Paul Manafort's longtime deputy Rick Gates admitted in court Tuesday to having an extramarital affair a decade ago, and he acknowledged under repeated questioning from Manafort's attorneys that he had embezzled money from his former boss.
"I made a mistake," Gates testified in his second day on the stand in Manafort's trial. "I regret it, clearly, and I'm taking responsibility for it."
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But dubbing it the "secret life of Rick Gates," Manafort's attorney Kevin Downing grilled Gates about the lies he had told and the money he had stolen as part of a strategy to undermine his credibility with the jury and suggest Gates was responsible for the crimes Manafort is accused of.
"This jury is supposed to believe you? After all the lies you've told?" Downing said.
Gates replied that yes, he should be believed over Manafort, the former chairman of Donald Trump's presidential campaign.
"I'm here to tell the truth. ... Mr. Manafort had the same path. I'm here," Gates said, looking directly at the jury as he made his appeal. "I have taken responsibility. ... I am trying to change."
The cross-examination came after Gates testified that Manafort sought to move money through offshore accounts and that Manafort had recommended a banker who had loaned him money for a position in the Trump administration.
Manafort is charged with 18 counts of tax and banking crimes, and has pleaded not guilty to all charges. Gates, Manafort's former business partner, pleaded guilty in February and agreed to cooperate with special counsel Robert Mueller's team.
The trial itself is not about the work Manafort did on the Trump campaign. But Gates' testimony pits two former senior Trump campaign aides against each other. After Manafort left the campaign in August 2016 amid swirling questions about his Ukraine work, Gates stayed on the campaign and later helped found a pro-Trump advocacy group, before he was ultimately forced out, too, as questions mounted about Manafort.
'It was an embezzlement from Mr. Manafort'
Manafort's defense attorney dug into Gates about how he had embezzled from Manafort, accusing him of using an offshore bank account that's part of Manafort's alleged crime.
Downing peppered Gates with questions: Was Gates' wife aware of the account he used to siphon money from Manafort? Yes, Gates said. Was she aware of his "secret life"?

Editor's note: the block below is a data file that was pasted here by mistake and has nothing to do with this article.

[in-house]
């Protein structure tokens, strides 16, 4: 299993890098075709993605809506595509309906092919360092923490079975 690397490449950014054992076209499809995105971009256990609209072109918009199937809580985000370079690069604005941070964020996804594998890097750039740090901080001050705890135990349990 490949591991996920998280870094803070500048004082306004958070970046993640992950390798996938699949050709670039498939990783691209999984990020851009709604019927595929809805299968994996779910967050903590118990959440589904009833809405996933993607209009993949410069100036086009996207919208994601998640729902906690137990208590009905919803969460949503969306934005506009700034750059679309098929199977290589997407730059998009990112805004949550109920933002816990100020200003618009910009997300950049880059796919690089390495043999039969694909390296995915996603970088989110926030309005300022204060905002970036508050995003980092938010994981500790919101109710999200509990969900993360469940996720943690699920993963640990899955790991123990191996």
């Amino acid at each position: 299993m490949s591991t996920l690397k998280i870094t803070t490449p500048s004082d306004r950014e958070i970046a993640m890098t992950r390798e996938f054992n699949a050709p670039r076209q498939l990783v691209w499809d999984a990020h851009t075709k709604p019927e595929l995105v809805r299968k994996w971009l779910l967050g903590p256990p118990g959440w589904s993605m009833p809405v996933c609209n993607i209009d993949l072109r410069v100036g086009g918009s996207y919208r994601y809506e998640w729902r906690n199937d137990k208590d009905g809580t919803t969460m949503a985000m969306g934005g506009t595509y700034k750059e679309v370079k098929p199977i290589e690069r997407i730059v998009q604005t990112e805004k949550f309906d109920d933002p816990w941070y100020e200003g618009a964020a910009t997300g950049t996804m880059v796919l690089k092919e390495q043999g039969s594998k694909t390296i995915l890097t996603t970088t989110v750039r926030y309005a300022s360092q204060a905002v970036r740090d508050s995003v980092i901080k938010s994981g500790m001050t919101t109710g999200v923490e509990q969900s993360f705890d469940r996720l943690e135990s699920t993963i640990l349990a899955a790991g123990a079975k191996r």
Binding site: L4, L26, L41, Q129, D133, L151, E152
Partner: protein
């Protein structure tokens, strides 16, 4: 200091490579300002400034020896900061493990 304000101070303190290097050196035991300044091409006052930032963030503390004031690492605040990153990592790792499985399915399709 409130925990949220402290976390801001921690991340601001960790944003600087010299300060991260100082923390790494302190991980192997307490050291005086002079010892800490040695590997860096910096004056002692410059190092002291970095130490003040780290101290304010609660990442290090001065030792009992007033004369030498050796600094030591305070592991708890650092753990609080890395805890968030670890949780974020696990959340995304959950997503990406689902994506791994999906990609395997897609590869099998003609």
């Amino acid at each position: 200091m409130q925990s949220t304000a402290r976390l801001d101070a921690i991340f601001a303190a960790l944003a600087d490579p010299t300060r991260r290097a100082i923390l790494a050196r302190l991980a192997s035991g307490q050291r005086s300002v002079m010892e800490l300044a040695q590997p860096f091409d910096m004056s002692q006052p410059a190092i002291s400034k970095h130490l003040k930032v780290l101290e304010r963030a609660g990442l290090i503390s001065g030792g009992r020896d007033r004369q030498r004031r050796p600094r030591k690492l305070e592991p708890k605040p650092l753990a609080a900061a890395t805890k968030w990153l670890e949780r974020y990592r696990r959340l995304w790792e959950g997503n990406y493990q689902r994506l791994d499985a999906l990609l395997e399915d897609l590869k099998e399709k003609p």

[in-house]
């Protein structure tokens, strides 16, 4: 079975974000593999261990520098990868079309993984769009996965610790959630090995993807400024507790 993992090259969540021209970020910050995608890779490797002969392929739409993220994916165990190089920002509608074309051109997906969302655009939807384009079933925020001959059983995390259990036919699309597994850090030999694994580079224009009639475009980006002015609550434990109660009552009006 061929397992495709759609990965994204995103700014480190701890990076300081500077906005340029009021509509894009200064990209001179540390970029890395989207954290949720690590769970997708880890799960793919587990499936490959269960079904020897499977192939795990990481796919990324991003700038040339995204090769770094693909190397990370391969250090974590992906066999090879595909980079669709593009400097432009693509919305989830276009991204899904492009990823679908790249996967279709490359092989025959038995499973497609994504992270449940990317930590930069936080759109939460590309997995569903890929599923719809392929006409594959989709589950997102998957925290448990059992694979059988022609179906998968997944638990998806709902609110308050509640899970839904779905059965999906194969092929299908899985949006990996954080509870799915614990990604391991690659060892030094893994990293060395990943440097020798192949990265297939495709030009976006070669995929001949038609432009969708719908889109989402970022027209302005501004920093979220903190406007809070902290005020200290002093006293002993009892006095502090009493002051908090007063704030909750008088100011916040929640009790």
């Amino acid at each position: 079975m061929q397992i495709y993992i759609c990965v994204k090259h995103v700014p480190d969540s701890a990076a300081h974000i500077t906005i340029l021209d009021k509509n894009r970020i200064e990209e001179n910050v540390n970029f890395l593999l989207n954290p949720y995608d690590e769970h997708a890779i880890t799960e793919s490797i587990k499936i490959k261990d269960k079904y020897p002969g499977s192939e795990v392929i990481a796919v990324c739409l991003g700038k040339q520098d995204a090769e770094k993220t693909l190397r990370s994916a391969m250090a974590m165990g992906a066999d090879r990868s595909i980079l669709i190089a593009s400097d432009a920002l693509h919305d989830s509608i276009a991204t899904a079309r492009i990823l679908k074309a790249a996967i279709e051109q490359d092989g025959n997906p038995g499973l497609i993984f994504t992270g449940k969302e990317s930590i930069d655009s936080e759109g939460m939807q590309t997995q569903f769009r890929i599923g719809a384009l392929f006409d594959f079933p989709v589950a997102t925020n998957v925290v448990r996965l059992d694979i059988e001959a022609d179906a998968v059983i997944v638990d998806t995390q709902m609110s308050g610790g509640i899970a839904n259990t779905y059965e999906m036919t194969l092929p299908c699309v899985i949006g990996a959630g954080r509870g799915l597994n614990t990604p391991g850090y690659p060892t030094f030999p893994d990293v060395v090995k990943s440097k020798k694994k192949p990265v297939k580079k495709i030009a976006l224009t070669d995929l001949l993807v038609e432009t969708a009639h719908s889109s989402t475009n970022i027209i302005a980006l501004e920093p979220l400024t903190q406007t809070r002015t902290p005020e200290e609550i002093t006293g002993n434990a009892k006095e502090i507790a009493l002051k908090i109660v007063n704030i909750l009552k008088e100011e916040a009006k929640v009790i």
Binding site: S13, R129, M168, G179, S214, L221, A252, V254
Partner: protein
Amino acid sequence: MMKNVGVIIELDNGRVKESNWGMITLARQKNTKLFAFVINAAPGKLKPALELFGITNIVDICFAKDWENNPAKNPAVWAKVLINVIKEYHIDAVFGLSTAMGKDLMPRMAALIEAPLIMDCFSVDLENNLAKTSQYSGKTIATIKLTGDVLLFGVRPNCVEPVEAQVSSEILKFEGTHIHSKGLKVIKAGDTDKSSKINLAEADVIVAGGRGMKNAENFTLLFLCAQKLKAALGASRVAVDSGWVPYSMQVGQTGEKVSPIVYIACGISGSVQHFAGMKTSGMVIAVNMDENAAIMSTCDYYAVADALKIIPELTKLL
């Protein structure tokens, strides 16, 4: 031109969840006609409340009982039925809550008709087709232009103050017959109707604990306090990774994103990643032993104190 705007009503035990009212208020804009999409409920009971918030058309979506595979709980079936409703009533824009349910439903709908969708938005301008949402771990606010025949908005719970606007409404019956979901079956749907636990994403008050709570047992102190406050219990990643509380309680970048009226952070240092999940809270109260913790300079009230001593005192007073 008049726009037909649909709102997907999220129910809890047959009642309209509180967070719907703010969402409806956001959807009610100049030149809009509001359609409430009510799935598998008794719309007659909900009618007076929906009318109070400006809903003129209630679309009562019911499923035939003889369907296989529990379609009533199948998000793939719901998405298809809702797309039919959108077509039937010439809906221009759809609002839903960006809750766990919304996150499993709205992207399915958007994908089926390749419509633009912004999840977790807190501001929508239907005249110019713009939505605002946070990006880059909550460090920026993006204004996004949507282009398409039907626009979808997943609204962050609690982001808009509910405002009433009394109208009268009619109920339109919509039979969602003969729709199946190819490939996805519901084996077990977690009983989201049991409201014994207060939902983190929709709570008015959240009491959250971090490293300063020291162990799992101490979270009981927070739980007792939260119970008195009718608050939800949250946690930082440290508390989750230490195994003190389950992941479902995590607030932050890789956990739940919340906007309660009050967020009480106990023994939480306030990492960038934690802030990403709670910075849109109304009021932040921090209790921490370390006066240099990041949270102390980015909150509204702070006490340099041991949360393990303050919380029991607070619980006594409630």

"She was," Gates said.
Downing continued to highlight to the jury, and to Gates, how Gates had embezzled from Manafort, though he initially resisted the term.
"Why won't you say embezzlement?" Downing asked.
"What difference does it make?" Gates said, repeated his phrasing that he had submitted "unauthorized" expense reports to Manafort's company.
"Why won't you say embezzlement?" Downing asked a second time.
"It was an embezzlement from Mr. Manafort," Gates finally said.
The intense exchange, where Gates still refrained from showing much emotion, came after the defense lawyer reviewed almost $200,000 Gates had transferred to his own bank account, listed under the holding company Bade LLC, from one of Manafort's shell companies, Global Endeavor.
Gates admitted at this point during the testimony that "it was Mr. Manafort's money."
"Were these payments for your secret life?" Downing asked.
"The answer is no, they're not," Gates said.
Earlier Tuesday, prosecutors walked jurors through an email Manafort had sent Gates two weeks after Trump was elected, in which Trump recommended Stephen Calk as Army secretary. Calk is a banker whose bank allegedly loaned Manafort money on false pretenses, prosecutors say.
"We need to discuss Steve Calk for Sec of Army," Manafort wrote to Gates on Nov. 24, 2016. He signed the email as "P."
In his second day of testimony, Gates detailed their use of foreign accounts as well as Manafort's financial troubles.
Prosecutors showed jurors an April 2015 email exchange between Manafort and Gates discussing higher-than-anticipated taxes, which Gates said succinctly summarized the frustration felt by Manafort.
"WTF," Manafort wrote. "How could I be blindsided like this. You told me you were on top of this. We need to discuss options. This is a disaster."